Zimbabwe: The Case for Engagement
Zimbabwe: The Case for Engagement
Revolt and Repression in Zimbabwe
Revolt and Repression in Zimbabwe
Speech / Africa

Zimbabwe: The Case for Engagement

Testimony by Donald Steinberg, Deputy President, International Crisis Group, to U.S. Subcommittee on Africa, "Exploring U.S. Policy Options toward Zimbabwe's Transition", 30 September 2009.

Mr. Chairman. I would like to thank you and ranking member Senator Isakson for bringing us together today to explore policy options toward the transition in Zimbabwe, and for your continuing leadership on these issues.

As an international non-governmental organization committed to preventing and ending deadly conflict, International Crisis Group believes that Zimbabwe now has its best chance in a decade to put behind it the divisions, abuses, and self-implosion that has been the legacy of the abusive regime of Robert Mugabe. The combination of an inclusive government, a re-emerging and vibrant civil society, an educated population and work force, a once-rich manufacturing, agricultural and mining sector waiting for recovery; and the good will of countries in its region and beyond can open the door to a post-conflict recovery that would benefit both its long-suffering people and the broader southern African region.

But for all the hopeful possibilities inherent in this situation, a "wait-and-see" attitude from the international community, including the United States, risks creating a self-fulfilling prophecy of a return to conflict and repression.

MDC's Entry into Government

When Morgan Tsvangirai led his party, the Movement for Democratic Change (MDC), into a unity government with Zimbabwe African National Union (ZANU-PF) in February 2009 under the terms of the Global Political Accord, sceptics gave the new formation little chance of success. Tsvangirai and the MDC were portrayed as neophytes who would soon become the latest victims of Mugabe's "divide, rule, co-opt and destroy" strategy. It was broadly understood that the MDC position was driven by a pragmatic assessment of their options. Mugabe and his hard-line allies and security forces held most of the cards: a monopoly on force, a willingness to repress and abuse its political opponents, and the obsequious support of South African President Thabo Mbeki, charged by the Southern African Development Community to negotiate a solution to the long-standing electoral and political crisis. The MDC calculated that its capacity to affect change would be greater within government than outside it.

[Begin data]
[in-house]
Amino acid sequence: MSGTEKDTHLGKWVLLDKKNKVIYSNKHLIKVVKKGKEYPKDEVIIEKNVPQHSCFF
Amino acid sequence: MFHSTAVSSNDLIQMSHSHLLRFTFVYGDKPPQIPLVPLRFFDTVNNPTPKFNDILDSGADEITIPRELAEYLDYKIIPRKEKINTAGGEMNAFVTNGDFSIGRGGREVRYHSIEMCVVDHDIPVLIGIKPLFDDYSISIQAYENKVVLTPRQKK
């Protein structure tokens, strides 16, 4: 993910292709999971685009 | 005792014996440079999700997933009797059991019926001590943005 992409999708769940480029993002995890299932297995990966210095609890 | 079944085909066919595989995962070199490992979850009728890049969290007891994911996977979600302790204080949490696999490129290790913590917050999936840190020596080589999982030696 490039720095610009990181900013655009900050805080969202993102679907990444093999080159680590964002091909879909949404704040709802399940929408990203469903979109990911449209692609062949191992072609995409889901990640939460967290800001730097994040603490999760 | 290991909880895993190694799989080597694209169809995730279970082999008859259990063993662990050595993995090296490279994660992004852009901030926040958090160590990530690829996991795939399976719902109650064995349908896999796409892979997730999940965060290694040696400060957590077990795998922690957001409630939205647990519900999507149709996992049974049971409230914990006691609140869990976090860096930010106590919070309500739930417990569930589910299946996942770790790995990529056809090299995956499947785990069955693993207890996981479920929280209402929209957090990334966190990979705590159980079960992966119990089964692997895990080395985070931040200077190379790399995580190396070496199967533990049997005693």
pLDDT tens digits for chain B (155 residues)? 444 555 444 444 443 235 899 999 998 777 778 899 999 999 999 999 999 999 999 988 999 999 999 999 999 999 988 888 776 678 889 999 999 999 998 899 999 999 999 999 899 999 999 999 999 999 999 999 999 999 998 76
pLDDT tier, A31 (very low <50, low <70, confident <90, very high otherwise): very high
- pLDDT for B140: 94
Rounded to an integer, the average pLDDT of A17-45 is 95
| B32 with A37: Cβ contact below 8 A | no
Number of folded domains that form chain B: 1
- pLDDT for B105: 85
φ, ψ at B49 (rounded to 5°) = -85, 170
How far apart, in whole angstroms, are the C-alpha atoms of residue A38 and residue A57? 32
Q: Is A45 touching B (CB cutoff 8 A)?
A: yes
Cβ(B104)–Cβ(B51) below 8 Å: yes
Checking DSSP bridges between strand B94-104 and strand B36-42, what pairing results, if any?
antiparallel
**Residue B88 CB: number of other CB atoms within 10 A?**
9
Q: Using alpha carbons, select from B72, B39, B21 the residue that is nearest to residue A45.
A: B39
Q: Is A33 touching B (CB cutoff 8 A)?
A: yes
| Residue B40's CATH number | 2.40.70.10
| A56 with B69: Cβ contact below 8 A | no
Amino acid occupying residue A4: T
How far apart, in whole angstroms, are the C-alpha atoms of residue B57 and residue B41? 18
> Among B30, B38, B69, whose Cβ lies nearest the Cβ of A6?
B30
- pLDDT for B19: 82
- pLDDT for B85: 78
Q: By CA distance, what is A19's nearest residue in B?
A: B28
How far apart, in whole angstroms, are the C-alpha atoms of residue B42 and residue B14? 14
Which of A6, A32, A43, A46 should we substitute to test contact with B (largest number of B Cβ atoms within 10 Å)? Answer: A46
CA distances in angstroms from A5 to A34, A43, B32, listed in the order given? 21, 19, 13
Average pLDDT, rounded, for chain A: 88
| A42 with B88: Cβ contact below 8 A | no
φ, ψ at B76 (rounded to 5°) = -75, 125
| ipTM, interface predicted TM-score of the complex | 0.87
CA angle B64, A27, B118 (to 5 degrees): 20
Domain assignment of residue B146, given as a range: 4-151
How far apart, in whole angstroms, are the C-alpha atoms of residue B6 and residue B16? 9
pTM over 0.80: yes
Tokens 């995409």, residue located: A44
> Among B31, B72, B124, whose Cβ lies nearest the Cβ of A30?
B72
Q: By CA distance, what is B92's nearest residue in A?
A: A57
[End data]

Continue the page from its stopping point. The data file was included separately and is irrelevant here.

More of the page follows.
Understandably repulsed by the autocratic actions, human rights abuses, and corrupt practices of Mugabe and his coterie, foreign donors - including the United States - have held back on support to the new government in which they maintain the upper hand. The original approach of providing only narrowly defined humanitarian assistance was eventually modified to a position described as "humanitarian-plus," and included support for not only life-saving emergency projects, but also for agricultural recovery, civil servants involved in relief exercises, and health and educational institutions. This approach was seen as balancing a desire to improve the lot of Zimbabwe's population with continuing pressure on the actors in the new government - especially Mugabe and ZANU-PF - to meet their commitments toward a transition to democracy governance.

Against long odds, the new government started out reasonably well. Many schools and hospitals re-opened. The Zimbabwe dollar, which had been turned into an international joke by multi-billion percent inflation, was shelved. Civil servants were paid a small stipend and returned to work; goods started to return to empty store shelves; a cholera epidemic was brought under control; and a bipartisan parliamentary committee was formed to reform the constitution. Human rights activists reported a significant drop in government abuses.

An ambitious reconstruction program - the Short-Term Economic Recovery Programme - identified the need for about $8.5 billion in resources, including foreign assistance and investment, and was generally well-received by foreign donors and the Bretton Woods institutions. Prime Minister Tsvangirai, Finance Minister Tendai Biti and their MDC party received much of the credit for these developments - even from the rank-and-file army - and a new sense of hope returned to Zimbabwe.

But Tsvangirai could see clearly that these changes were fragile and pleaded for foreign help to consolidate them. "Don't make us pay for working with Mugabe," he wrote in a powerful opinion piece in the London Times.